Despite these minor changes, the other eight songs in the top 10 remain dominant: Mariah Carey’s ubiquitous 1994 hit “All I Want for Christmas is You,” Georgia native Brenda Lee’s 1958 classic “Rockin’ Around the Christmas Tree,” Bobby Helms’ “Jingle Bell Rock” (1957), Burl Ives’ “A Holly Jolly Christmas” (1964), Wham!’s “Last Christmas” (1984), Nat King Cole’s “The Christmas Song” (1961), Andy Williams’ “It’s the Most Wonderful Time of the Year” (1963), and Jose Feliciano’s “Feliz Navidad” (1970).

The average age of a song in the top 10 in 2011 was already 37.7 years, even counting the new Bieber song. But the top 10 this week features zero songs from the past quarter century and now averages a whopping 53.5 years old or the same age as an older Gen Xer.

There are certain standards that are sung by literally hundreds of artists over the years. Take “It’s Beginning to Look a Lot Like Christmas.” Michael Bublé in 2011 came out with his version and it hit No. 36 on that first chart, behind older versions by Bing Crosby from 1951 (No. 18) and Johnny Mathis from 1986 (No. 27.) But Bublé’s version has become the favorite, having gone as high as No. 8 and is currently No. 11 this week. Weirdly, the Perry Como 1984 version is now at No. 25 (after not appearing at all in 2011) while the Mathis version has fallen to No. 47 and Crosby all the way down to 65.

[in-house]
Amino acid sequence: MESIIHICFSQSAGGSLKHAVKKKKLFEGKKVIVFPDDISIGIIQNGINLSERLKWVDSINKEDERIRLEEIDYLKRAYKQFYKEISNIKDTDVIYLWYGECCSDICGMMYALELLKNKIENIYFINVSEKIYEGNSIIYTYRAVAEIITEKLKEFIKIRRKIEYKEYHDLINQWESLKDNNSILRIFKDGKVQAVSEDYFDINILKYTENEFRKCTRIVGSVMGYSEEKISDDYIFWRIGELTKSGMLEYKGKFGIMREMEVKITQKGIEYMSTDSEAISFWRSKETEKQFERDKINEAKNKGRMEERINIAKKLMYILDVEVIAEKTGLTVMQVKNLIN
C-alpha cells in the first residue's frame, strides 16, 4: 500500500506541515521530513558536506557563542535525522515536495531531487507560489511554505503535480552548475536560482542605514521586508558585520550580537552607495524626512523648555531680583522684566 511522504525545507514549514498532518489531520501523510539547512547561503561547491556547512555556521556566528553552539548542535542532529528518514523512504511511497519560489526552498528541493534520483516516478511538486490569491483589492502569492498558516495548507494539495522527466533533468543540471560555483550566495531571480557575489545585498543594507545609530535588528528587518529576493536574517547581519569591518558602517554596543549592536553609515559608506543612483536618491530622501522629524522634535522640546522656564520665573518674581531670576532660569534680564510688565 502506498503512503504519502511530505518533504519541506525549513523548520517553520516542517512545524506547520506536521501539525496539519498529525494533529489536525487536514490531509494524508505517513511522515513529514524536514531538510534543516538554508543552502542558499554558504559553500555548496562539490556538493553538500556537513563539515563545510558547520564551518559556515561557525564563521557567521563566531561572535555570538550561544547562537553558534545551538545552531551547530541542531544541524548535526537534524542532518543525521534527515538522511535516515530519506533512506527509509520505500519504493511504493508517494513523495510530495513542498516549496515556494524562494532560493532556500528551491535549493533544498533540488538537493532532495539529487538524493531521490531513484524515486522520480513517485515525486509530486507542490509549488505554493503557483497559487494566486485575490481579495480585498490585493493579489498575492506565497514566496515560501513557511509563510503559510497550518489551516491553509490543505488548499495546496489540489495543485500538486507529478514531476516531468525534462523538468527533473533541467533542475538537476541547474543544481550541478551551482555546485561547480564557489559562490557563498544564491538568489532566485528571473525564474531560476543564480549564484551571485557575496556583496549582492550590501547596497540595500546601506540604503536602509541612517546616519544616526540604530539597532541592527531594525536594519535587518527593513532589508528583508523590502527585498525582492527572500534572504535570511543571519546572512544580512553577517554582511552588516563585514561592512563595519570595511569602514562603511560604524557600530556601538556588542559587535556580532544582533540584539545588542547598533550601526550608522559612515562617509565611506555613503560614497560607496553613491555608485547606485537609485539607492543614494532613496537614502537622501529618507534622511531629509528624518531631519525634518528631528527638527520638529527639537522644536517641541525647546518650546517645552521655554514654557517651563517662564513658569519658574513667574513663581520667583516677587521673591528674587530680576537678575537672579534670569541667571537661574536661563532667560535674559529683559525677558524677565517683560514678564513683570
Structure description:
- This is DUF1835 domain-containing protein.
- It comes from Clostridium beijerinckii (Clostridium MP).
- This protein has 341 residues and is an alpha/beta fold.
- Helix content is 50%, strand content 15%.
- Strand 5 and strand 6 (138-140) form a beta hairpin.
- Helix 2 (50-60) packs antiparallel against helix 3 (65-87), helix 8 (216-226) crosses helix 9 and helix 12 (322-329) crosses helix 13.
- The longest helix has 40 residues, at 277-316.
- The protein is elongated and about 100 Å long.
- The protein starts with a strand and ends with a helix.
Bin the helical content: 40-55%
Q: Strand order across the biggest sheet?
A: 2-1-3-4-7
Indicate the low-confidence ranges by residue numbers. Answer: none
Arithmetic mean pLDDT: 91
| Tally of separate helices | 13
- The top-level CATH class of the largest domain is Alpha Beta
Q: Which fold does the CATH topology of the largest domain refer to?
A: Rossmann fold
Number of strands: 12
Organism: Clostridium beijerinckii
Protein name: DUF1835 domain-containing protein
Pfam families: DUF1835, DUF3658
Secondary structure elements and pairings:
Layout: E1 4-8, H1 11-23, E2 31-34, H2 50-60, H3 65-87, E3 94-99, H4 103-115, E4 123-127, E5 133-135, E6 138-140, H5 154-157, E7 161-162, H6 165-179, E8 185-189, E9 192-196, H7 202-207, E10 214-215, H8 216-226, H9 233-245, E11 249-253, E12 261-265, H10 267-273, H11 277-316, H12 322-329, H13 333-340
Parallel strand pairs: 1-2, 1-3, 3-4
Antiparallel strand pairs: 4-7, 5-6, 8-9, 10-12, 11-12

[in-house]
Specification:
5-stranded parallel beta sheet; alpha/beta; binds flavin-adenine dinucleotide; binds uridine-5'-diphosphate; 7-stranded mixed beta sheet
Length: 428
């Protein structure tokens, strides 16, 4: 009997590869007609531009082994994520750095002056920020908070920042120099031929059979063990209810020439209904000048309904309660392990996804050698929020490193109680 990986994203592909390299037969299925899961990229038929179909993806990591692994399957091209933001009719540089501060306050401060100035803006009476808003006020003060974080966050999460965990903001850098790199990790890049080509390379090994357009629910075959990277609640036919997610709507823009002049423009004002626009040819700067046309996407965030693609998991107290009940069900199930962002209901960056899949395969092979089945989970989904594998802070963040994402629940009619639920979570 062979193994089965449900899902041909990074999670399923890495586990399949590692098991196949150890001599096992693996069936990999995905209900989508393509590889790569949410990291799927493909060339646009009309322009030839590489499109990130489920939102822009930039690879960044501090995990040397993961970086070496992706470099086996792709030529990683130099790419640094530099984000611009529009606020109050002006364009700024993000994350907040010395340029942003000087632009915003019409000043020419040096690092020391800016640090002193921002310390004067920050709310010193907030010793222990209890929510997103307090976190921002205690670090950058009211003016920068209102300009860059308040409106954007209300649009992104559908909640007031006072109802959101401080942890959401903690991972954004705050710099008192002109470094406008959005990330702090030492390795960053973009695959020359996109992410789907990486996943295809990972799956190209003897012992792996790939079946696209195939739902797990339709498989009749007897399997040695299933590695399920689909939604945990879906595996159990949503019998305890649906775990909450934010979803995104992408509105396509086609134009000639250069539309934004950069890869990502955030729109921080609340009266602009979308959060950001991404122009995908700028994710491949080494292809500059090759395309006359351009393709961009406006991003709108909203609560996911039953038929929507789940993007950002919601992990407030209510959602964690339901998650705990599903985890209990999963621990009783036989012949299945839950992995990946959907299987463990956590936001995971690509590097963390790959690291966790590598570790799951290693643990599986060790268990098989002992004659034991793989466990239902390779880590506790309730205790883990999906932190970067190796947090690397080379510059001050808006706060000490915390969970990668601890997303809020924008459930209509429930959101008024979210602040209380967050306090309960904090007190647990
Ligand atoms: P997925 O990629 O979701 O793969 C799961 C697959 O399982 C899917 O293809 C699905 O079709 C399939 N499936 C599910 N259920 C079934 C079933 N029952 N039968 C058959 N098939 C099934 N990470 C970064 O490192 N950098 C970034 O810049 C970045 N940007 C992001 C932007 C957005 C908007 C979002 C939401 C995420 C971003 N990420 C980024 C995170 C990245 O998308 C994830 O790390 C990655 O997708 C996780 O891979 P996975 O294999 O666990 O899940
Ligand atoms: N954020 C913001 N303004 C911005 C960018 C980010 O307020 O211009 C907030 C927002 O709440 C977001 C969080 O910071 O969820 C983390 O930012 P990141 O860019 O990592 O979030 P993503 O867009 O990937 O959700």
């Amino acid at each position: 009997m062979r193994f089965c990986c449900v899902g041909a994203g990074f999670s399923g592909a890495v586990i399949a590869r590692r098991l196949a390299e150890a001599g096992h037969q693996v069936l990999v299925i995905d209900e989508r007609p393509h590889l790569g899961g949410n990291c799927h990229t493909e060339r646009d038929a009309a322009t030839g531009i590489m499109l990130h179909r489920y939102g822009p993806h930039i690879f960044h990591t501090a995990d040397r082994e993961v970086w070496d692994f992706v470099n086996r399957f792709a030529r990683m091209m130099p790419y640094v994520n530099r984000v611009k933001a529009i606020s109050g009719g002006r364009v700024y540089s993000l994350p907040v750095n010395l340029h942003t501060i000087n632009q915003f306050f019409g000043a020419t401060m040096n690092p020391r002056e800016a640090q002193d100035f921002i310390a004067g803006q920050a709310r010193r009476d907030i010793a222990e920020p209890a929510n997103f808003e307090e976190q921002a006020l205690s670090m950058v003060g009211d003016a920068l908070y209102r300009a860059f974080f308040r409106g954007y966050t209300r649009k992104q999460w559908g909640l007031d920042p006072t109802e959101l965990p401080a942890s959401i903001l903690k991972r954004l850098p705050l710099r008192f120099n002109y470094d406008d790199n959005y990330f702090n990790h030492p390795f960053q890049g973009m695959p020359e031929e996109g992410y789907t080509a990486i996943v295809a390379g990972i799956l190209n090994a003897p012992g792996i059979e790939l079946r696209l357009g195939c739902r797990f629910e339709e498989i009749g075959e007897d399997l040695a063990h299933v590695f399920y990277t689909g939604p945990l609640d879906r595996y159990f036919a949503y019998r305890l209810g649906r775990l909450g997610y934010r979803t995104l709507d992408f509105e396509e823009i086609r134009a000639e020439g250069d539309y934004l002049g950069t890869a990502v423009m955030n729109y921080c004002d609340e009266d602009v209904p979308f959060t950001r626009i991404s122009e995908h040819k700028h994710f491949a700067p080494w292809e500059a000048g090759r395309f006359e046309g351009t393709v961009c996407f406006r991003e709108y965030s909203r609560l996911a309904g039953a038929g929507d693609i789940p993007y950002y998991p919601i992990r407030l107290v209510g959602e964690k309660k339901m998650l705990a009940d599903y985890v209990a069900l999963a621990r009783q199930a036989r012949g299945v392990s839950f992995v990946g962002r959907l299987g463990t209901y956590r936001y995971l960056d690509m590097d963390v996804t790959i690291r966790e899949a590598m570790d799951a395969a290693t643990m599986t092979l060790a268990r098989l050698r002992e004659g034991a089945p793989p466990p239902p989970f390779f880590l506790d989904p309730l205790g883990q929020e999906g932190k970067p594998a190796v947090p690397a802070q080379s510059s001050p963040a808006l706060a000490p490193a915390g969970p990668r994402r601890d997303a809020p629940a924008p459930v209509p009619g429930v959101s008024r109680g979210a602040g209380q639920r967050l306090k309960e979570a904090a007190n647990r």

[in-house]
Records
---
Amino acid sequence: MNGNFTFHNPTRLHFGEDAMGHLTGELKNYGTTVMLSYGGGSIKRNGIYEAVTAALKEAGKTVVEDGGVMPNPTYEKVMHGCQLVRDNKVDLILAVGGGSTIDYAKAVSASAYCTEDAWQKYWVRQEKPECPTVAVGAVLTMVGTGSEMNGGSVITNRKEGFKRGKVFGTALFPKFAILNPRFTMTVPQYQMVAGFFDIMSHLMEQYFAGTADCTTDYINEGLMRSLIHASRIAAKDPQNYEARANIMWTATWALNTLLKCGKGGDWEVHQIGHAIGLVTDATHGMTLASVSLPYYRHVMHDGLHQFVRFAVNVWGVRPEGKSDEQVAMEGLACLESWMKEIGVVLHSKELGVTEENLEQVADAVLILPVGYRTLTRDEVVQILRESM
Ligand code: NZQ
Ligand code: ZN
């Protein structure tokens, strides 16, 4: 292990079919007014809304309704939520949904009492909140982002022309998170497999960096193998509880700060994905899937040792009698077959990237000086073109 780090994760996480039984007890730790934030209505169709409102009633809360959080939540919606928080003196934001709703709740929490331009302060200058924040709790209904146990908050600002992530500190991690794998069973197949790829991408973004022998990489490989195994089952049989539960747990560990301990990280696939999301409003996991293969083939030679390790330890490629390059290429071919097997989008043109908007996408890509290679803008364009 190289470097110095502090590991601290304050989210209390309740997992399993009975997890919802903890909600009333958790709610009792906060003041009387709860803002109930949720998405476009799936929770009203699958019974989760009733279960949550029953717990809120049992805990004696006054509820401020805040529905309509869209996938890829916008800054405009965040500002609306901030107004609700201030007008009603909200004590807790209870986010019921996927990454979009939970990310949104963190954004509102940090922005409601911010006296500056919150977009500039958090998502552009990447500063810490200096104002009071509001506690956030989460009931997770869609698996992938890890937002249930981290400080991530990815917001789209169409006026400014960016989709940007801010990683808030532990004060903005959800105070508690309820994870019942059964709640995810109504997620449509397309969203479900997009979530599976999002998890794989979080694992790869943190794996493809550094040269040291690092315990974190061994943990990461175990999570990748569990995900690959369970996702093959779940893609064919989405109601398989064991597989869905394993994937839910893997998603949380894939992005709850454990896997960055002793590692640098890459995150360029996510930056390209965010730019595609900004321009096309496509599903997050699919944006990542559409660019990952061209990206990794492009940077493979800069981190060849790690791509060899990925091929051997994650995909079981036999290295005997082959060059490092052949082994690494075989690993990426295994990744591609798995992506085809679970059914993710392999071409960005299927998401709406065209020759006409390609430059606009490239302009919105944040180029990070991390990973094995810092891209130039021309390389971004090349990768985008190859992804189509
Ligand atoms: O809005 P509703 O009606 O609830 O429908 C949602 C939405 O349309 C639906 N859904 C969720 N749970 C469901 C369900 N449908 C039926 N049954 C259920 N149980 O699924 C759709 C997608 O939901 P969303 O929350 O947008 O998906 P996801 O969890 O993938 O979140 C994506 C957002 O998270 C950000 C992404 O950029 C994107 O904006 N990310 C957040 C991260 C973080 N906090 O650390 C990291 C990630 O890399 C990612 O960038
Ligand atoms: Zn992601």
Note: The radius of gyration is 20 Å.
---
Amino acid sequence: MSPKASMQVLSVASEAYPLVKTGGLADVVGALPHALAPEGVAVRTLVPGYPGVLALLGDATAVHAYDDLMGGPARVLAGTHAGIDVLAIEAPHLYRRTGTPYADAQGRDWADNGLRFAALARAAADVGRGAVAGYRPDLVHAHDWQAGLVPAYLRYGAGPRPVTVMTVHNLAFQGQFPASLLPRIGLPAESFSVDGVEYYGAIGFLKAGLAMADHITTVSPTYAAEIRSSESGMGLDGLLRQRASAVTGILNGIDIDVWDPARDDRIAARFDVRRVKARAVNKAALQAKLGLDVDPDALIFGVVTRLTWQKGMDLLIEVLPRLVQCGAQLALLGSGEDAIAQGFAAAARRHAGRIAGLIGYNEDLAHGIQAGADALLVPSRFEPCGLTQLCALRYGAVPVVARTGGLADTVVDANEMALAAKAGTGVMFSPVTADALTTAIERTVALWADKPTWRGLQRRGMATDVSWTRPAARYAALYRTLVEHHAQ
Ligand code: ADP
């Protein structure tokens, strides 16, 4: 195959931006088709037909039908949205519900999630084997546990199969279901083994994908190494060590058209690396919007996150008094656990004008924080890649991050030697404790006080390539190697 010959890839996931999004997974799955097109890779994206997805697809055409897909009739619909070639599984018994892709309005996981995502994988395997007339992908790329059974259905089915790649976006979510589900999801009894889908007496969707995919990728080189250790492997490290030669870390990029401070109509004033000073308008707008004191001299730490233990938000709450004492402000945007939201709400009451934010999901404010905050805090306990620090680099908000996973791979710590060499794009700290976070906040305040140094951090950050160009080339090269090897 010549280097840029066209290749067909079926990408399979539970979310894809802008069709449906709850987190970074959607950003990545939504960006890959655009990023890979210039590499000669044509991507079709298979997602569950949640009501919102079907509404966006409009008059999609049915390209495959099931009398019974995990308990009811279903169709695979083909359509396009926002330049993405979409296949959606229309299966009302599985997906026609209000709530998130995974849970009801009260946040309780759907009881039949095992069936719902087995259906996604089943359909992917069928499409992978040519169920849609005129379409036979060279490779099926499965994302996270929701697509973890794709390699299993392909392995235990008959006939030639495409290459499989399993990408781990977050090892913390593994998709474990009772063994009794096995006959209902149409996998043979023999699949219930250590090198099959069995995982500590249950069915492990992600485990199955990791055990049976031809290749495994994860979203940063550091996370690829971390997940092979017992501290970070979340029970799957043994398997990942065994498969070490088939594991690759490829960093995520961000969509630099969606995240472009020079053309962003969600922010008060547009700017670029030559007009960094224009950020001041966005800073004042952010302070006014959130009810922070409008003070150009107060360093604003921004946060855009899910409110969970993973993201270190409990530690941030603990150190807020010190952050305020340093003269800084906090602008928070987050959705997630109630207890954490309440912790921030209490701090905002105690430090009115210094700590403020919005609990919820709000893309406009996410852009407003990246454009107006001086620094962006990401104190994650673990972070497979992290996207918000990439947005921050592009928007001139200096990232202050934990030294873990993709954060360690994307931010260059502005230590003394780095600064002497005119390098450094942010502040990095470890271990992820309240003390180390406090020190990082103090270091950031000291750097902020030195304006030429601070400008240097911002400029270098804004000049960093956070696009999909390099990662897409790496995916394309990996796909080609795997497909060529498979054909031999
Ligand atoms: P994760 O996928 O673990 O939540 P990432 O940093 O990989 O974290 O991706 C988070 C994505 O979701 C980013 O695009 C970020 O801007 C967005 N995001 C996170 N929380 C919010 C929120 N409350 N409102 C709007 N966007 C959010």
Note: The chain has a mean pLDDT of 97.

Several songs have lost significant power over the years, including Faith Hill’s “Where Are You Christmas?” (16 to 44), Bruce Springsteen’s “Santa Claus is Coming to Town” (22 to 67), Hall & Oates’ version of “Jingle Bell Rock” (24 to off the chart), “O Holy Night” by Josh Groban (26 to off the chart), “Have Yourself A Merry Little Christmas” by the Carpenters (34 to off the chart), “Do You Hear What I Hear?” by Whitney Houston (35 to off the chart), “Merry Christmas Darling” by the Carpenters (38 to 77), Amy Grant’s ‘Winter Wonderland” (39 to off the chart), David Foster’s “Carol of the Bells” (40 to 93) and Eurythmics’ “Winter Wonderland” (44 to off the chart).

It appears tunes from the 1950s and 1960s are generally holding up better than those released in the 1970s and 1980s.